The stable wormhole discovered by the Deep Space Nine crew is known to the Bajoran people as the Celestial Temple of their Prophets. Sisko, as discoverer of the wormhole and its inhabitants, is therefore the Emissary of Bajoran prophesy. The wormhole's other end is in the Gamma Quadrant, halfway around the galaxy from Bajor. That section of space is dominated by the malevolent Dominion. The Dominion is led by the Changelings, the race of shapeshifters to which Odo belongs. As of the beginning of the sixth season, Cardassia has joined the Dominion, and together they are waging war on the Federation and their Klingon allies. The war is quickly becoming the most costly war ever for the Federation, and the Deep Space Nine crew must fight to protect their way of life.Written by
Matthew D. Wilson <firstname.lastname@example.org>
During the opening title sequence, the wormhole is shown at inconsistent angles to how it looks as the crew observe it from the station's windows. In the title sequence, the wormhole is angled upward at approximately a 40° angle. When the crew observes it from the station, it's pointed down at about a 260° angle. However, it must be remembered not only is there no "up" or "down" in space, but also that the DS9 station is mobile. It is transportable via thrusters and so can be repositioned at any angle around the wormhole by the crew for whatever purpose they see fit. See more »
[Jake and Nog are trying to fly a Runabout with a disabled autopilot]
Can't we reassemble the autopilot?
If Chief O'Brien taught me anything it's that it's a lot easier taking things apart then putting them back together.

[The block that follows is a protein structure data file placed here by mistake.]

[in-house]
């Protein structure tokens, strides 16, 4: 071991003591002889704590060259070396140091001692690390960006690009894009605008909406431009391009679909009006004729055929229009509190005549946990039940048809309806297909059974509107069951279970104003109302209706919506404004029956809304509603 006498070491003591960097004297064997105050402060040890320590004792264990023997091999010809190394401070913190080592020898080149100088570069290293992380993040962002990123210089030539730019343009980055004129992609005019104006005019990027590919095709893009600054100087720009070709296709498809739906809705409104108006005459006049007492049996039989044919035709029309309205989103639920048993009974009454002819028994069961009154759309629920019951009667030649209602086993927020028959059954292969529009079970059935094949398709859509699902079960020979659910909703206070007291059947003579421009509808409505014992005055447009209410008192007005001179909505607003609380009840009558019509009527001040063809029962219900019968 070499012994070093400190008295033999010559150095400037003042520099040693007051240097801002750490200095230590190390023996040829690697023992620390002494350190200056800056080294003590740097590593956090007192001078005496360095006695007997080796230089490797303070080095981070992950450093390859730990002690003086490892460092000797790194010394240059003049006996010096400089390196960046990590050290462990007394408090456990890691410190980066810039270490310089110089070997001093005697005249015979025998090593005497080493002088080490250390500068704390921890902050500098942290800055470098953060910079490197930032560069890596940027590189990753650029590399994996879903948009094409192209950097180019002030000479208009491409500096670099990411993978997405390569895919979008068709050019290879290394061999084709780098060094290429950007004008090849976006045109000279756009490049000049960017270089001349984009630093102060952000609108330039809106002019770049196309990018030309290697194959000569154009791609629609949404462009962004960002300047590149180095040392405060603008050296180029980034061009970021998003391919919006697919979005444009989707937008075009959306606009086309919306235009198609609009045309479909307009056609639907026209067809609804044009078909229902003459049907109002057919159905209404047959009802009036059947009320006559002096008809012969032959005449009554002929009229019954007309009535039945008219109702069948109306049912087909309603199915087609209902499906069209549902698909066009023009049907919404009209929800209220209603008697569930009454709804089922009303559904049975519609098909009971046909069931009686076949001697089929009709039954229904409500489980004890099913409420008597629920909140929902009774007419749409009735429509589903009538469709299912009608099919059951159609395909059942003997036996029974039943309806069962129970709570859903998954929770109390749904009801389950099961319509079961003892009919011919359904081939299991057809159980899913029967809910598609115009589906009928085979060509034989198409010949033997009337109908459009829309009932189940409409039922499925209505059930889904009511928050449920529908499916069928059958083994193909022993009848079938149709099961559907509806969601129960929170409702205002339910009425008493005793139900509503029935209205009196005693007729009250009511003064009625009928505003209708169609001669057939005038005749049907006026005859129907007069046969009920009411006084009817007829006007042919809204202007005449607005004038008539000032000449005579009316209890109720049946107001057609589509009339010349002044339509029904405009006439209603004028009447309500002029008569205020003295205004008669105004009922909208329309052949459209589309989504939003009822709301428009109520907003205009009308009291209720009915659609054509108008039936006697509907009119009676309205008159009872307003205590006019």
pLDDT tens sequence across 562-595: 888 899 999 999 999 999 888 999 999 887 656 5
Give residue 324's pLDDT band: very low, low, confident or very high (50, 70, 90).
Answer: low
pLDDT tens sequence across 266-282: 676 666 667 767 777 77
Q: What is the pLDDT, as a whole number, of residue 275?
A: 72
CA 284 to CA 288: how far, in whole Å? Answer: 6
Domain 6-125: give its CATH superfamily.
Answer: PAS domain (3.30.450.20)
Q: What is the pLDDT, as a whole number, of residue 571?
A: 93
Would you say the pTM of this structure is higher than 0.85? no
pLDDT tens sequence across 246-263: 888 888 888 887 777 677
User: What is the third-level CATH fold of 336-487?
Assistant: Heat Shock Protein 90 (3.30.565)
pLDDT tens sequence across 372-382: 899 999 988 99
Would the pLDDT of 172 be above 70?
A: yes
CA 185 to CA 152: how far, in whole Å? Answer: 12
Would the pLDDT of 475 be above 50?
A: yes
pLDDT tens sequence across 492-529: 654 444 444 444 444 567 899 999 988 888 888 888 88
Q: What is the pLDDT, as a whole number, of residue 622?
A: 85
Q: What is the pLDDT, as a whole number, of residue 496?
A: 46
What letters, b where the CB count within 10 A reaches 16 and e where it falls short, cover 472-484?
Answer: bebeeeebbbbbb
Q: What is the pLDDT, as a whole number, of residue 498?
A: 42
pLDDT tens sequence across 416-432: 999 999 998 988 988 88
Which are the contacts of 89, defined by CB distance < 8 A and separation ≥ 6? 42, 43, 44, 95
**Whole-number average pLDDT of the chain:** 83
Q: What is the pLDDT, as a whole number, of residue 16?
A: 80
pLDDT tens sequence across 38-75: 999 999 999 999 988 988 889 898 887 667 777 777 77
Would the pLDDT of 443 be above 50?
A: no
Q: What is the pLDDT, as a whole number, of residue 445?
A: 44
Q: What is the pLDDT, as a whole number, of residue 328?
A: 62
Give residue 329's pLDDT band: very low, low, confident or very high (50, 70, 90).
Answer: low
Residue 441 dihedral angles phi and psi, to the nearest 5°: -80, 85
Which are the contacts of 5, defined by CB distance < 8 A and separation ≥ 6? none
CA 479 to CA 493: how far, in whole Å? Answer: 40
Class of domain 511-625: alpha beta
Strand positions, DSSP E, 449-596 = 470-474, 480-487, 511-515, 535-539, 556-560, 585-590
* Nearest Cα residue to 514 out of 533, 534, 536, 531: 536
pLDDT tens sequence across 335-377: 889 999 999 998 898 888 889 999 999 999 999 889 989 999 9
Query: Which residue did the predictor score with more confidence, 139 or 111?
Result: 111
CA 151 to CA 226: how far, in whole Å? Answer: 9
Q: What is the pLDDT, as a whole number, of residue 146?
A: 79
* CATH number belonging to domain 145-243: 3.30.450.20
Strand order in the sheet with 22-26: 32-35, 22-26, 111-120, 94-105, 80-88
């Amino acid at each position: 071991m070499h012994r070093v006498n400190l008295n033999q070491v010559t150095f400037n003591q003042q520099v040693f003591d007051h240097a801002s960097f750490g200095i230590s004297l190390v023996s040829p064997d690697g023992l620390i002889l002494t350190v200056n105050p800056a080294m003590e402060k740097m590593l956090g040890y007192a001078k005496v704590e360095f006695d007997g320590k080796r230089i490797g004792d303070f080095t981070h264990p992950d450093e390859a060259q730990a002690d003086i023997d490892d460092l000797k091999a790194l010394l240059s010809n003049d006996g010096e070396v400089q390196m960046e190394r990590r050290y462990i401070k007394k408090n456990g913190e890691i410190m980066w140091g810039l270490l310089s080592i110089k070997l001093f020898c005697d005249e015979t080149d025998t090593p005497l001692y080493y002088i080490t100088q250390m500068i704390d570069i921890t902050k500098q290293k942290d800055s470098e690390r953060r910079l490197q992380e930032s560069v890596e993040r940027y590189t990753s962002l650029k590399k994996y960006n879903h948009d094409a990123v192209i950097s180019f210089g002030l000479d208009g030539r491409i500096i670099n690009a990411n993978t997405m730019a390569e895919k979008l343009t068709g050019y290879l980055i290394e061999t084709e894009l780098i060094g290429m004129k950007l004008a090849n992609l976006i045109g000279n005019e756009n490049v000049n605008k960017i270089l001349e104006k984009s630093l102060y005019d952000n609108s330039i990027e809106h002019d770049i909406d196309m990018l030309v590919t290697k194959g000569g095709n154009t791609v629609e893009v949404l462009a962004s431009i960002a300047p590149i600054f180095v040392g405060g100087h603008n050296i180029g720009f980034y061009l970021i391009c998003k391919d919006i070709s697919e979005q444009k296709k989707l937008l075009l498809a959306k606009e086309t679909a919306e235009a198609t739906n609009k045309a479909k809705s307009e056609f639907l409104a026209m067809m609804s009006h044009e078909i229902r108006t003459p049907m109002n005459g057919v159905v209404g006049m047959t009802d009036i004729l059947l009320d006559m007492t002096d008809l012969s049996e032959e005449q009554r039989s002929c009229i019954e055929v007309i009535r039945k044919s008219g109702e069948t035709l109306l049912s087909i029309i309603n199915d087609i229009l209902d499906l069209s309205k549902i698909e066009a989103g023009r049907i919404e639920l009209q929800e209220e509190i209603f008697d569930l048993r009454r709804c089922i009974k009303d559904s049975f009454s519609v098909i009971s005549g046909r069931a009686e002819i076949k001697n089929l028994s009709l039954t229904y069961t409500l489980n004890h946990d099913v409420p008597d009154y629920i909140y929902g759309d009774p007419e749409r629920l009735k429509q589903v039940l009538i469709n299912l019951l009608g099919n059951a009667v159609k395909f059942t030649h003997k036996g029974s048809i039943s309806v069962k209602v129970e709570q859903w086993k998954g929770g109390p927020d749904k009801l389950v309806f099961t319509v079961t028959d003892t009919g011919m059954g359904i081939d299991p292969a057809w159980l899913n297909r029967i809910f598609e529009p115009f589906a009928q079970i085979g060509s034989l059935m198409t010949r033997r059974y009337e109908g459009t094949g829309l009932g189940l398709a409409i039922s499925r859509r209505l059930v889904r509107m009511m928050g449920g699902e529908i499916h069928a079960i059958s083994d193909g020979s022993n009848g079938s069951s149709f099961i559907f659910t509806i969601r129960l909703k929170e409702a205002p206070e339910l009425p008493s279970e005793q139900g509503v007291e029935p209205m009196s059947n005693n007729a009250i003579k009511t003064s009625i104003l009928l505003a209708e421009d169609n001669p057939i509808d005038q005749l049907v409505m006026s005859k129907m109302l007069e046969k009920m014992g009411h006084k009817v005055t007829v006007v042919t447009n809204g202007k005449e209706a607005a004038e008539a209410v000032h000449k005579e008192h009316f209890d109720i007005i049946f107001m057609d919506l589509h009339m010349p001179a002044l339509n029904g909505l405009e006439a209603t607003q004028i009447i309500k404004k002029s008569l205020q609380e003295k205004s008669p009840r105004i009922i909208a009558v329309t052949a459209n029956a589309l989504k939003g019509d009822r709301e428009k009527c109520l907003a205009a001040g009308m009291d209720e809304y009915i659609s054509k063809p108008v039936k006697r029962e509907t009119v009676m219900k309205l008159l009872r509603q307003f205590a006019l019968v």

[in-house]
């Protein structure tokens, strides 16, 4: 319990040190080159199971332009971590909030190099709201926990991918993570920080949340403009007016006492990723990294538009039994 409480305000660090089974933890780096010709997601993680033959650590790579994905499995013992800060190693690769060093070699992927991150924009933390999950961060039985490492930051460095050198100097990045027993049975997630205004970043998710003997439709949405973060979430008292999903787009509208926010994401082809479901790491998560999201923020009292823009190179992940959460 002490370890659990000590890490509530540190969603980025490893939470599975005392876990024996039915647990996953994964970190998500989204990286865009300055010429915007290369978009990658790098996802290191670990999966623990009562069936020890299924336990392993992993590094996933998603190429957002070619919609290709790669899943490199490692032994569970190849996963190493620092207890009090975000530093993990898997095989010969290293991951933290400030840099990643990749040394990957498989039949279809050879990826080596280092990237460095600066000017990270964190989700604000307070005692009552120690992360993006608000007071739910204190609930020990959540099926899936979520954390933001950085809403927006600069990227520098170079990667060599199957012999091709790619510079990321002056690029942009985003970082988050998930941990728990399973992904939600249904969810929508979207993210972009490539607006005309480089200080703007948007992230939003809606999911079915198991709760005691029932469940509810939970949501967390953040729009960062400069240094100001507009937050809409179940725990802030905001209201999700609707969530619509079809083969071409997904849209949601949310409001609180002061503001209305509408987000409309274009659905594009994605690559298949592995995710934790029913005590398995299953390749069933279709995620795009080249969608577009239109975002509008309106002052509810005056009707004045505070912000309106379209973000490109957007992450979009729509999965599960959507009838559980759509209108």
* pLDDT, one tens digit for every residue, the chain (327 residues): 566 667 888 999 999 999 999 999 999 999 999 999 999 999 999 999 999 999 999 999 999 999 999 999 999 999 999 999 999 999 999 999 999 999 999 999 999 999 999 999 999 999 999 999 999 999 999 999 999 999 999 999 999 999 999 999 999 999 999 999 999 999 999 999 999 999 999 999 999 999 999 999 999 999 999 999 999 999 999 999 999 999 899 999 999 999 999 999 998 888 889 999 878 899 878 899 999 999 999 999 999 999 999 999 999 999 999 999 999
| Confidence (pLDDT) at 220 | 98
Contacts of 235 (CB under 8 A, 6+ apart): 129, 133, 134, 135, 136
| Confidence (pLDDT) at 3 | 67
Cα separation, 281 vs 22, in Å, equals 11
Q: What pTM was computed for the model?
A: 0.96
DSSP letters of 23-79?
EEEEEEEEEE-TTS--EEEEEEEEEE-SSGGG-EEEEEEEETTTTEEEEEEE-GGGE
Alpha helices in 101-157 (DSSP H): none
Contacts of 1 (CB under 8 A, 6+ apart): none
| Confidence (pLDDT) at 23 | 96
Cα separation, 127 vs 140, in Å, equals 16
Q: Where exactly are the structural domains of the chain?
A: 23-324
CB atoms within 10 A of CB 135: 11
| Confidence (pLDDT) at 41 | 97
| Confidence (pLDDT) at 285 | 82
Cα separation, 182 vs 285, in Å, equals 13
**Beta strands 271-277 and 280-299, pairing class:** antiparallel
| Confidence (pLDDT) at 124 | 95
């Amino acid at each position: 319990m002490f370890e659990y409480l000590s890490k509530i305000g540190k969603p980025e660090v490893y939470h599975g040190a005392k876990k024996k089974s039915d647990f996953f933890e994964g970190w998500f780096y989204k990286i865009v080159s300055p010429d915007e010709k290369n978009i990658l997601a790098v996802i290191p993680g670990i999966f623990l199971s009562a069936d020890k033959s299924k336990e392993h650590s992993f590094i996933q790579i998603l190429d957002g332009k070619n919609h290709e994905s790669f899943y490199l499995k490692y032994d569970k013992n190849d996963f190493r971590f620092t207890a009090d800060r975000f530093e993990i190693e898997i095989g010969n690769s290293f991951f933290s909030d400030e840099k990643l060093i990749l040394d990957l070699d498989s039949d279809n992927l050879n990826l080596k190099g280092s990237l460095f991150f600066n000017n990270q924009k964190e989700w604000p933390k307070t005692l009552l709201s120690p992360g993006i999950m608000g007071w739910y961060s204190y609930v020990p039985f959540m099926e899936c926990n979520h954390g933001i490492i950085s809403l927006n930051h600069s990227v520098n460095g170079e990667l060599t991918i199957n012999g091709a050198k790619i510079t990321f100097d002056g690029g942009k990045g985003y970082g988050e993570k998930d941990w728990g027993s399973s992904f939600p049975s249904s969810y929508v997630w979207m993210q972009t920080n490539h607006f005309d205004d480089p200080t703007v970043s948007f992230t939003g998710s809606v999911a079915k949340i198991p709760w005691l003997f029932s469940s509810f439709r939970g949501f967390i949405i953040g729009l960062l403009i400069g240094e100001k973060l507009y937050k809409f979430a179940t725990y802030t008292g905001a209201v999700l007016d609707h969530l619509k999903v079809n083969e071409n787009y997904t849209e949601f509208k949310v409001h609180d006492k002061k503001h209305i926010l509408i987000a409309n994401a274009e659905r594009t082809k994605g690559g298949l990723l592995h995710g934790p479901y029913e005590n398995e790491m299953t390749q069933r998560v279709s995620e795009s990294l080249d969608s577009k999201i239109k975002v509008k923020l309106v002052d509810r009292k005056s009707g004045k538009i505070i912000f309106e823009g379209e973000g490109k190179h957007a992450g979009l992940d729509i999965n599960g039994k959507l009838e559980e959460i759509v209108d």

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The opening credits for "Emissary" lacked the wormhole opening that all future episodes featured. Starting with Season 4, the opening credits included additional spacecraft and activity around the station, including the Defiant flying into the wormhole. See more »
Several episodes were originally shown as 2-hour movies. They were later edited into two-part 60 minute episodes for later airings. See more »
Been watching the franchise series' in reverse order from a modern day standpoint comparison. Initially felt some of the characters in DS9 were a little irritating as some others have thought, but as it progressed through the series' I was found the character development to reverse my initial thoughts thankfully. Quark as a character is an example of this.
As like many others in the Star Trek, some of the storylines are derivative or overlapping of series. (no show is perfect) This is to be expected from a large number of episodes per season. Luckily there was a continuing narratives throughout to keep one engaged. The inclusion of the USS Defiant starship added another layer of interest, familiarity and diversity to plotlines.
On the whole, the premise of the series being based on a space station adds much-needed interest to an otherwise Starship-based franchises. The Next Generation, Voyager and Enterprise all share this narrative to varying degrees of success.
Onto re-watching The Next Generation after this. "Shut up, Wesley!"
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